MADRID, Spain - Wim Fissette credits Victoria Azarenka's hard work both on and off the court for her ability to rediscover her game over the last month.
Speaking at WTA Coaches Media Day ahead of the Mutua Madrid Open, Fissette told reporters Azarenka's work ethic during her comeback has never been in question.
"The practices have been the same," Fissette said. "She's the best worker I've worked with in my ten years now on the tour. She's always super committed, super focused, and she's fist-pumping on the practice. That's what you want as a coach, it's fantastic.
"But yeah, in January and February she was looking for the right form of her shots. Her timing was off. I think she wanted it too much, so it brought tension in her body and that tension didn't help with that timing and this is difficult."
Fissette said the key for Azarenka was a change in perspective. To let go of tennis as her identity and take a more objective approach to her career.
"At one point she said she decided to see tennis more as her job instead of her life," Fissette said. "It helped her with the mindset, because before it was just about tennis. It's everything, and so if tennis doesn't go well, nothing goes well.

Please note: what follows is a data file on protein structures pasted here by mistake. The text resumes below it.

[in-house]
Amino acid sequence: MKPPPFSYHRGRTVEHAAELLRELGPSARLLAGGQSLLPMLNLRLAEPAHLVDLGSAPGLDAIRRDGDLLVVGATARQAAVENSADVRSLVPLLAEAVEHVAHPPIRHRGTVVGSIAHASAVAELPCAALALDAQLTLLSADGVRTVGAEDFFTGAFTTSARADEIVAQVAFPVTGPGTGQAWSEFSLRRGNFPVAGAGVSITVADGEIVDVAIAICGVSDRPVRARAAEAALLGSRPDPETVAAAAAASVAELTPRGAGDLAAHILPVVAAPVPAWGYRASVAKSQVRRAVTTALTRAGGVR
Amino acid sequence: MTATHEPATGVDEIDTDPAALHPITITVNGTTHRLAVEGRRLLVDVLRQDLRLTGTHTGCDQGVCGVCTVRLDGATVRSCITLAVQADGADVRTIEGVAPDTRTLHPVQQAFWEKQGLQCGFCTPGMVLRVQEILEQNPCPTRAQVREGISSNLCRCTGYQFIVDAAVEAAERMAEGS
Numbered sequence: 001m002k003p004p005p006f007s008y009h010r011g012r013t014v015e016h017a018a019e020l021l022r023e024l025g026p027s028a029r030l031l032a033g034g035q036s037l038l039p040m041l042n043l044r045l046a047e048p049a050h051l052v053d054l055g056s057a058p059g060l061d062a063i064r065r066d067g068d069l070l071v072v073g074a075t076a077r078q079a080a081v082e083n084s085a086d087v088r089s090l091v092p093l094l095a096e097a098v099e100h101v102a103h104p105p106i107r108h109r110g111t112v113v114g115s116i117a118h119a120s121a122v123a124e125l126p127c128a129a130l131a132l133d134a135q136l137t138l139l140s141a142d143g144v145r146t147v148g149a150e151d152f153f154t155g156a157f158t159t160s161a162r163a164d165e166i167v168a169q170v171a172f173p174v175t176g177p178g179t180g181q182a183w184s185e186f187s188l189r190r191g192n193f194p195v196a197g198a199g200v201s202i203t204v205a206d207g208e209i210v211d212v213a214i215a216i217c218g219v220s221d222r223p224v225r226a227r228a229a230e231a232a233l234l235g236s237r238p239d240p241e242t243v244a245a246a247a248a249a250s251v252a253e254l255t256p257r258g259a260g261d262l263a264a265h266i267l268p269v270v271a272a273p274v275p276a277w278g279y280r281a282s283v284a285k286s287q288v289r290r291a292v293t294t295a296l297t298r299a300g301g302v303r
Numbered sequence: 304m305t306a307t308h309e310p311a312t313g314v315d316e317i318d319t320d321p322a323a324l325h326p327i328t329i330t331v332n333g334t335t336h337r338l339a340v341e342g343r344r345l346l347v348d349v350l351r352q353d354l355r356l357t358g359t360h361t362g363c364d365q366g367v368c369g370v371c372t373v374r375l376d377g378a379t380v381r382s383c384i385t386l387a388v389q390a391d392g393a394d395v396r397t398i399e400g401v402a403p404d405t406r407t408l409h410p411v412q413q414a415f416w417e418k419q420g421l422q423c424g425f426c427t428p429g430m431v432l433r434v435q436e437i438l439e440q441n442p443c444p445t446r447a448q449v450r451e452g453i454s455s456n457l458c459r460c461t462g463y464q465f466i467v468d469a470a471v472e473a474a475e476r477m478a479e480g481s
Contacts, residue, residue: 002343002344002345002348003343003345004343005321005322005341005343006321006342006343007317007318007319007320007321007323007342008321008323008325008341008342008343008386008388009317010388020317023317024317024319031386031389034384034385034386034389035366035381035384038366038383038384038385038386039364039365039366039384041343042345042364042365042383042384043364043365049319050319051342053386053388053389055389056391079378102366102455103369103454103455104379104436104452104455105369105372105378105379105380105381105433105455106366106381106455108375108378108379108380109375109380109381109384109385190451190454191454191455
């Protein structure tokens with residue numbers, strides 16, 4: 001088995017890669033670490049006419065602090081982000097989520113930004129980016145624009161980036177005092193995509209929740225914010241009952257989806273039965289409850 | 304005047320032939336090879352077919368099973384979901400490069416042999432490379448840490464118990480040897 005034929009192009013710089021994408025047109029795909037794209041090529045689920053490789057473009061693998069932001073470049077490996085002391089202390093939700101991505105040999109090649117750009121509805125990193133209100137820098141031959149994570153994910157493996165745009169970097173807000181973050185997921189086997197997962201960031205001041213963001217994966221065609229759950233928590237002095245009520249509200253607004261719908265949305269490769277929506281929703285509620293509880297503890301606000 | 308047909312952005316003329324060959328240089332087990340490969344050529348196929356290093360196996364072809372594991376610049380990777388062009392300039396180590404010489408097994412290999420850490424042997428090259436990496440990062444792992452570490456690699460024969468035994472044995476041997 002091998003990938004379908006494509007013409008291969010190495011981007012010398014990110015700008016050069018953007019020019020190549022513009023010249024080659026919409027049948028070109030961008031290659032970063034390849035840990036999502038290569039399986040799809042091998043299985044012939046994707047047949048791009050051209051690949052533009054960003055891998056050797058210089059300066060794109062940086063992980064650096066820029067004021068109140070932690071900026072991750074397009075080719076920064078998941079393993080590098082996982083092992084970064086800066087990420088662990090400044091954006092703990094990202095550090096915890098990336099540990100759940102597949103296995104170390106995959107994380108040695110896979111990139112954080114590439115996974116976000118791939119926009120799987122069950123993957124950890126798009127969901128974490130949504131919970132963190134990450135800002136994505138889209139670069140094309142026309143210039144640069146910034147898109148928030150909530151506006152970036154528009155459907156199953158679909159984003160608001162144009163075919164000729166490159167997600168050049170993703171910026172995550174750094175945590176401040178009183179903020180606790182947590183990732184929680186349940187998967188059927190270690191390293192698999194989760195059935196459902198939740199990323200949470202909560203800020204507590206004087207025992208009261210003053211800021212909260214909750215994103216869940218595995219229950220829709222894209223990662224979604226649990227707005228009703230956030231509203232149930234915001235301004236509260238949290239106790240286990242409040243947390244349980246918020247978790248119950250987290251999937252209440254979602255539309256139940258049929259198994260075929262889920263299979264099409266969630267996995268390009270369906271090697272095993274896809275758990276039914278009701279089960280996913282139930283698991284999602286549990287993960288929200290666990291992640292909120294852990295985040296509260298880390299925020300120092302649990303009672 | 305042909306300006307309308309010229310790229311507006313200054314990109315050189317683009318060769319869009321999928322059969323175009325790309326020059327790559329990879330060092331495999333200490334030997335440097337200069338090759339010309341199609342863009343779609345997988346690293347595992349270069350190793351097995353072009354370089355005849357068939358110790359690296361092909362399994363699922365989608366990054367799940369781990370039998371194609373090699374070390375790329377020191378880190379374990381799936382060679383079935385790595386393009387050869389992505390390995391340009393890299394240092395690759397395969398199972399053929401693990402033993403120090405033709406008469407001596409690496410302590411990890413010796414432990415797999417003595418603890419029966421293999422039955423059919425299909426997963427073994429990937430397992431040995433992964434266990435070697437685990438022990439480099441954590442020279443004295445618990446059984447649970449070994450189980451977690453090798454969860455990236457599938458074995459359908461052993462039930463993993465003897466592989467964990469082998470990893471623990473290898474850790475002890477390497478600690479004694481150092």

"She's a super happy mother of a beautiful son. That's the most important. Of course she wants to be the best tennis player in the world, but the most important is still the son, of course."
Fissette still remembers the emotional fallout of Azarenka's first-round loss at the Australian Open this year. Azarenka called her tearful post-match press conference and the days after as the defining moment of her season.
"She was probably at the lowest point in her career at that moment," Fissette said.
"I have a lot of respect for her for the steps she has made because she took it in her own hands. She did a lot of mental work from the week after Australia and she's still doing it, putting in the work on a daily basis and it really helps her."
Azarenka finally found her footing this spring, buoyed by an unforgettable performance against Serena Williams in Indian Wells, her first final since her comeback in Monterrey, and a win over No.5 Karolina Pliskova en route to the quarterfinals of Stuttgart.
"I see now the Old Vika I love to see on the court. She's showing confidence on the court, she's entertaining the fans, that's how I like to see her.
"In Stuttgart, I saw the old Old Vika back. And I'm super happy about it. I look forward to what's next."
Now back in the Top 50, Azarenka plays Daria Kasatkina in the first round of Madrid on Saturday.